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Sunday, 7 October 2001

Looking for herself through art

by Mahes Perera

Soon to become a recognised feminist artist in Singapore is young Tan Yen Peng who was in Sri Lanka as one of the members of the Culture Society of Singapore, on the occasion of the launching of their Society Showcase: Art, Sculpture, Photography and Poetry Exhibition.

Tan Yen Peng poses with her painting subconscious!

The exhibition which was held at the Galadari Hotel revealed many facets of Singapore art, with artists using besides the traditional oil painting, other media like water colours and Chinese ink. Florence Shen does Chinese painting, Chinese calligraphy, stone seal engraving, portrait painting and cartoon drawing. Irene Hong Kim Geok a well known artist in Singapore has exhibited locally and overseas and her works are collected worldwide.

Young Tan yen Peng a graduate of the Academy of Fine Arts, Singapore majored in oil painting and spent a year in Birmingham's Institute of Art and Design to obtain her Masters in Fine Arts. Her paintings that were exhibited were effective in communication through her use of pastel and natural colours. The works displayed a sense of calmness which was extremely pleasing to the viewer. She exhibited four paintings Piecemeal, Secrets and Subconscious 1 and 2.

"Painting never provides an answer. Even if I have a definite meaning the viewer may not see it" a philosophical gambit from the vivacious Tan Yen Peng who explains that 'Piecemeal is a self portrait in shadow. What I'm trying to do is I'm trying to find myself...who am I? Secrets and Subconscious 1 and 2 carry the same theme and I feel at ease using Western techniques.' Young and full of the zest to enjoy life her paintings in contrast reflect a calmness.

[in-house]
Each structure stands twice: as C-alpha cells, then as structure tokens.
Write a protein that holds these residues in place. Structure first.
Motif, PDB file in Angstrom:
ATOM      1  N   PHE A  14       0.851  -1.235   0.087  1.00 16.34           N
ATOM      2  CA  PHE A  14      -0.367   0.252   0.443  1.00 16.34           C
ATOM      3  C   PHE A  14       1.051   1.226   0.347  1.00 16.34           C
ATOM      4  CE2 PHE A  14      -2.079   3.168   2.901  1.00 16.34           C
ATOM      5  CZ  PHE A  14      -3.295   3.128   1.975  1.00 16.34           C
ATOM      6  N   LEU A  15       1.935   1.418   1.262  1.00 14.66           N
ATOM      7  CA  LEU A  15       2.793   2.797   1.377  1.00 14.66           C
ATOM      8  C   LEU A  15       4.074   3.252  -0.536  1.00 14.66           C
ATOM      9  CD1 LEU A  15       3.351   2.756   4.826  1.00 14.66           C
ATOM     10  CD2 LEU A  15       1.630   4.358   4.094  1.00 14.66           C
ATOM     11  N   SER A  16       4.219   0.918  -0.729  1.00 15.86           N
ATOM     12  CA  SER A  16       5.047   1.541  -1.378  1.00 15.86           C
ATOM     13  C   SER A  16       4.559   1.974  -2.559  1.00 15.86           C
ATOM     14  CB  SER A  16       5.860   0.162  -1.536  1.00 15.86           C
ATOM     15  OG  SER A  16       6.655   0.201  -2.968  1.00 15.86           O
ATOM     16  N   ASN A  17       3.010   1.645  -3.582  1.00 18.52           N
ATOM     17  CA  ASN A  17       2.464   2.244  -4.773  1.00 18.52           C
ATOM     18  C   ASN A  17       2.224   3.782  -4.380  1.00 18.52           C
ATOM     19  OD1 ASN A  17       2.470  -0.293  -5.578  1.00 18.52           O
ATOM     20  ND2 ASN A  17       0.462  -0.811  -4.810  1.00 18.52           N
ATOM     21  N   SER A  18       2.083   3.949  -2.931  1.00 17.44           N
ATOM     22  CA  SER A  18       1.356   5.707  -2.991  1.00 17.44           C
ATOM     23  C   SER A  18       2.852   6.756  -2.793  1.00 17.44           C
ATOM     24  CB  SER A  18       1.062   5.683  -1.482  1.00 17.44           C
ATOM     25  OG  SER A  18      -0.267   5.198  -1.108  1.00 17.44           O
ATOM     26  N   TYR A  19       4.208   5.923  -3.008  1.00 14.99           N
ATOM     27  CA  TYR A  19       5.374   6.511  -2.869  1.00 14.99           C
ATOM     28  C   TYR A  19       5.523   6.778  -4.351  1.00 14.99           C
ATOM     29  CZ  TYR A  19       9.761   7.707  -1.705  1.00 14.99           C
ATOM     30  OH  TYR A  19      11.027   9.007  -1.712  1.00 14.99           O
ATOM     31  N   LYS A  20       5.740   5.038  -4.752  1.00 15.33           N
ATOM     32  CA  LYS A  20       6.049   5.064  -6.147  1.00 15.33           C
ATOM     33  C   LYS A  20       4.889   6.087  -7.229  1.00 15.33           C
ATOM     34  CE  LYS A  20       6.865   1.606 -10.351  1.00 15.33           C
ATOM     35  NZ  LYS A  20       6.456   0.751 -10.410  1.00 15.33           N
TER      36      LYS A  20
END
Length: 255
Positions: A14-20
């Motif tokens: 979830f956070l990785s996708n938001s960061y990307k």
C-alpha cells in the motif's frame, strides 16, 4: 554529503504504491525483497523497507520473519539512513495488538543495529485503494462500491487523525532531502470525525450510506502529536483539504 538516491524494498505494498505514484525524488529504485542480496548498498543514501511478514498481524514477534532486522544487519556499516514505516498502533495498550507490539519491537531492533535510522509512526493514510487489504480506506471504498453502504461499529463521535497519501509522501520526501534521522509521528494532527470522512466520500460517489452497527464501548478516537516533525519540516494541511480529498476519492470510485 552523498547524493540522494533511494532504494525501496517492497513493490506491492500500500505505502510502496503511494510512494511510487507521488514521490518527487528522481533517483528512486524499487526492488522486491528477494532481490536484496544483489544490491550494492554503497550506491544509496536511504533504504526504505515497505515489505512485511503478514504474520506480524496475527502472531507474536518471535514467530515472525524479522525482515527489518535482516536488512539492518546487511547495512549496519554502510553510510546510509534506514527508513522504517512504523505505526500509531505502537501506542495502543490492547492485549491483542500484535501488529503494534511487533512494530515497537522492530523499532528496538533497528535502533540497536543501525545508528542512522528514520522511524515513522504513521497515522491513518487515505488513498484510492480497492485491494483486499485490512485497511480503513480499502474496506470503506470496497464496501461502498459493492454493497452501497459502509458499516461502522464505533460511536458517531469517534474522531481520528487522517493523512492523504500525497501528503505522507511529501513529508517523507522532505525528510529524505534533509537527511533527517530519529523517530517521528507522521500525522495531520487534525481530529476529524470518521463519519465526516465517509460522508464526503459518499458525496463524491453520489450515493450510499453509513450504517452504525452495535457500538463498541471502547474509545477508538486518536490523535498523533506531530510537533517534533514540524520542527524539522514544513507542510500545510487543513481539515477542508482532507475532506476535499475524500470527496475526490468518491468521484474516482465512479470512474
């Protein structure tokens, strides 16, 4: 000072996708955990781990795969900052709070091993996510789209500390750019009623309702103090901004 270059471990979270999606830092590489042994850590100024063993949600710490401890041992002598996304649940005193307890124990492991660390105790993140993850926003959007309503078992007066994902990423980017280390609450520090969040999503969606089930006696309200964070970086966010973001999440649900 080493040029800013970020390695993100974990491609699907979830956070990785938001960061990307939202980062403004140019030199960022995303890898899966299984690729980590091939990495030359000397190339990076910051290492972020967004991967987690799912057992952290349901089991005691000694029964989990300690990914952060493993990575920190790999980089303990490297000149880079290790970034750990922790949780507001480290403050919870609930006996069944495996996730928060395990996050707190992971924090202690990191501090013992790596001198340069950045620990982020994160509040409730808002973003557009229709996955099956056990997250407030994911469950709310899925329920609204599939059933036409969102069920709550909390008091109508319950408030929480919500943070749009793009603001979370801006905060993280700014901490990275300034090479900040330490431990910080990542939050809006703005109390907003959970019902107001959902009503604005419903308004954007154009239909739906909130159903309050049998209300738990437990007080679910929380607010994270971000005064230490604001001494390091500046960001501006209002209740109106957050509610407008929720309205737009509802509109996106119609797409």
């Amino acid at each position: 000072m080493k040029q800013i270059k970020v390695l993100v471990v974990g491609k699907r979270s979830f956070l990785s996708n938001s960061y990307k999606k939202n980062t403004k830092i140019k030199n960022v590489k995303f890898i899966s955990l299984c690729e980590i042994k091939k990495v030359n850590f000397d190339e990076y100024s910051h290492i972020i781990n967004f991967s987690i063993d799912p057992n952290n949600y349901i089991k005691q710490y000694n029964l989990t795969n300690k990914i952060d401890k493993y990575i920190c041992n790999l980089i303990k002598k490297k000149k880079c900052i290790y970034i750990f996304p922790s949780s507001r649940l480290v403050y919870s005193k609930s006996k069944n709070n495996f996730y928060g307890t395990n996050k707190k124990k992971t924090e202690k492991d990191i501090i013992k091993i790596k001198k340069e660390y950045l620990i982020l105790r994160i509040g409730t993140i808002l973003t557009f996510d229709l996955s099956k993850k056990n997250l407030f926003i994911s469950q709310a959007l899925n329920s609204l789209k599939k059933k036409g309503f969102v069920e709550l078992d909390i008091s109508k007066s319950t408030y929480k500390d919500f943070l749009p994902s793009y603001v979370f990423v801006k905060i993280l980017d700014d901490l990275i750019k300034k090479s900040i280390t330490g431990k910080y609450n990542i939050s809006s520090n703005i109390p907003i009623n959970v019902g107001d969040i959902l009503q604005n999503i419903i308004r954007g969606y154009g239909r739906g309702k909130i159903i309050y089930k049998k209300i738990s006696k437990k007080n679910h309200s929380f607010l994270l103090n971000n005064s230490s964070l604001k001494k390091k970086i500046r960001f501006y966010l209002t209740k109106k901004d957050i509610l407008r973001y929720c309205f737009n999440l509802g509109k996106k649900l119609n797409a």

Artist April NG Kiow Ngor's painting entitled 'Touching' - photo etching and screen-painting

"I was fortunate to have my art exhibited in Singapore, London, Birmingham and now here in Sri Lanka. In Singapore it was a solo exhibition, the works expressed social issues through surrealistic art. Actually I changed my style when went to Birmingham, I began to know myself better and reach out to my inner self. In Singapore, I teach children art and I try to wean them away from the violence they see on TV and help them to know themselves better and express their experiences through paint and brush."

Tan Yen Peng who is hoping to have another exhibition in Scotland soon, tells us she enjoys reading Chinese poetry and Chinese literature and wanted in her youth to be a philosopher - but chose art. "Maybe because I dream a lot - and art will make me continue to dream" quipped Tan yen.

Produced by Lake House
Copyright 2001 The Associated Newspapers of Ceylon Ltd.